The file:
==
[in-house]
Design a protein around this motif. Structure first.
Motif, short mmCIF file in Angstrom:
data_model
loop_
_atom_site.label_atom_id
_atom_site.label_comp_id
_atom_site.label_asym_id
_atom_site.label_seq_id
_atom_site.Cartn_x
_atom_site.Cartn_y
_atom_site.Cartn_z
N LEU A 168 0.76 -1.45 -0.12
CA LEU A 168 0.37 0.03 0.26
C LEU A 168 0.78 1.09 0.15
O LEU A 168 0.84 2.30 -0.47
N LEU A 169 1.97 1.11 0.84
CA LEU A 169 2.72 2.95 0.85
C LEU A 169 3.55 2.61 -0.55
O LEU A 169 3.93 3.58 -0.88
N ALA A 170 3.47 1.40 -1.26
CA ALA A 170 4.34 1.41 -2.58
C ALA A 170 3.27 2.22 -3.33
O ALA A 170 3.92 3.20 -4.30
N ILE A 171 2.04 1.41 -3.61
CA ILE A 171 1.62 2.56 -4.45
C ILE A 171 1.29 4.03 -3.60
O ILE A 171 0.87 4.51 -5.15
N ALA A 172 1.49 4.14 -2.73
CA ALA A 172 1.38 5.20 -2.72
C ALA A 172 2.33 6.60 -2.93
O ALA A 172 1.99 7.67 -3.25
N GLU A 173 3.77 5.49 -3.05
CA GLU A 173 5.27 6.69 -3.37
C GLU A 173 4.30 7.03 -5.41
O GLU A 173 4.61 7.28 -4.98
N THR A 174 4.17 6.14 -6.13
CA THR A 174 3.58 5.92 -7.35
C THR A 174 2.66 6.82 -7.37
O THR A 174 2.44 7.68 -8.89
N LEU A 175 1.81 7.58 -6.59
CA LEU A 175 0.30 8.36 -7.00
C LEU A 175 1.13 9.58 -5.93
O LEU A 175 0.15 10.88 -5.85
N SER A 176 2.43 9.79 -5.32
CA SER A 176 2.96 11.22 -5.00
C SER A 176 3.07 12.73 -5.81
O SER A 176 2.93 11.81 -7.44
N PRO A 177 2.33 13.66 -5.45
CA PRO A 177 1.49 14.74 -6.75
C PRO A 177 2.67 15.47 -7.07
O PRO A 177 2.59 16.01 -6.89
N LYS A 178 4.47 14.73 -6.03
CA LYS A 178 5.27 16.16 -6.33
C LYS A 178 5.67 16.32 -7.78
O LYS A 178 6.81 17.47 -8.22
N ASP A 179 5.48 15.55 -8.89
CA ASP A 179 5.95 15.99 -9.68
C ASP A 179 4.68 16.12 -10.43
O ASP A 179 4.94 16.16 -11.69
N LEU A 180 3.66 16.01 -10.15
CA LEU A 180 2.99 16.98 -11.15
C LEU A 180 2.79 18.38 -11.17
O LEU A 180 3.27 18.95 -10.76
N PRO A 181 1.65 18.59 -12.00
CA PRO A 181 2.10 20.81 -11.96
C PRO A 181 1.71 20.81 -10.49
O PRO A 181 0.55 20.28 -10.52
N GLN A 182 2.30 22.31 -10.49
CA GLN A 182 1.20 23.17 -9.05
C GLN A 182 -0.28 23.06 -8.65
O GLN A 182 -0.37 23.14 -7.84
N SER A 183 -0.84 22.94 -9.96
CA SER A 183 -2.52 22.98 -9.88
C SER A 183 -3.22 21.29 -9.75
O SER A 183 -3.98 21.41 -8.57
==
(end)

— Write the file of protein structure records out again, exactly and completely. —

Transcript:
[in-house]
Design a protein around this motif. Structure first.
Motif, short mmCIF file in Angstrom:
data_model
loop_
_atom_site.label_atom_id
_atom_site.label_comp_id
_atom_site.label_asym_id
_atom_site.label_seq_id
_atom_site.Cartn_x
_atom_site.Cartn_y
_atom_site.Cartn_z
N LEU A 168 0.76 -1.45 -0.12
CA LEU A 168 0.37 0.03 0.26
C LEU A 168 0.78 1.09 0.15
O LEU A 168 0.84 2.30 -0.47
N LEU A 169 1.97 1.11 0.84
CA LEU A 169 2.72 2.95 0.85
C LEU A 169 3.55 2.61 -0.55
O LEU A 169 3.93 3.58 -0.88
N ALA A 170 3.47 1.40 -1.26
CA ALA A 170 4.34 1.41 -2.58
C ALA A 170 3.27 2.22 -3.33
O ALA A 170 3.92 3.20 -4.30
N ILE A 171 2.04 1.41 -3.61
CA ILE A 171 1.62 2.56 -4.45
C ILE A 171 1.29 4.03 -3.60
O ILE A 171 0.87 4.51 -5.15
N ALA A 172 1.49 4.14 -2.73
CA ALA A 172 1.38 5.20 -2.72
C ALA A 172 2.33 6.60 -2.93
O ALA A 172 1.99 7.67 -3.25
N GLU A 173 3.77 5.49 -3.05
CA GLU A 173 5.27 6.69 -3.37
C GLU A 173 4.30 7.03 -5.41
O GLU A 173 4.61 7.28 -4.98
N THR A 174 4.17 6.14 -6.13
CA THR A 174 3.58 5.92 -7.35
C THR A 174 2.66 6.82 -7.37
O THR A 174 2.44 7.68 -8.89
N LEU A 175 1.81 7.58 -6.59
CA LEU A 175 0.30 8.36 -7.00
C LEU A 175 1.13 9.58 -5.93
O LEU A 175 0.15 10.88 -5.85
N SER A 176 2.43 9.79 -5.32
CA SER A 176 2.96 11.22 -5.00
C SER A 176 3.07 12.73 -5.81
O SER A 176 2.93 11.81 -7.44
N PRO A 177 2.33 13.66 -5.45
CA PRO A 177 1.49 14.74 -6.75
C PRO A 177 2.67 15.47 -7.07
O PRO A 177 2.59 16.01 -6.89
N LYS A 178 4.47 14.73 -6.03
CA LYS A 178 5.27 16.16 -6.33
C LYS A 178 5.67 16.32 -7.78
O LYS A 178 6.81 17.47 -8.22
N ASP A 179 5.48 15.55 -8.89
CA ASP A 179 5.95 15.99 -9.68
C ASP A 179 4.68 16.12 -10.43
O ASP A 179 4.94 16.16 -11.69
N LEU A 180 3.66 16.01 -10.15
CA LEU A 180 2.99 16.98 -11.15
C LEU A 180 2.79 18.38 -11.17
O LEU A 180 3.27 18.95 -10.76
N PRO A 181 1.65 18.59 -12.00
CA PRO A 181 2.10 20.81 -11.96
C PRO A 181 1.71 20.81 -10.49
O PRO A 181 0.55 20.28 -10.52
N GLN A 182 2.30 22.31 -10.49
CA GLN A 182 1.20 23.17 -9.05
C GLN A 182 -0.28 23.06 -8.65
O GLN A 182 -0.37 23.14 -7.84
N SER A 183 -0.84 22.94 -9.96
CA SER A 183 -2.52 22.98 -9.88
C SER A 183 -3.22 21.29 -9.75
O SER A 183 -3.98 21.41 -8.57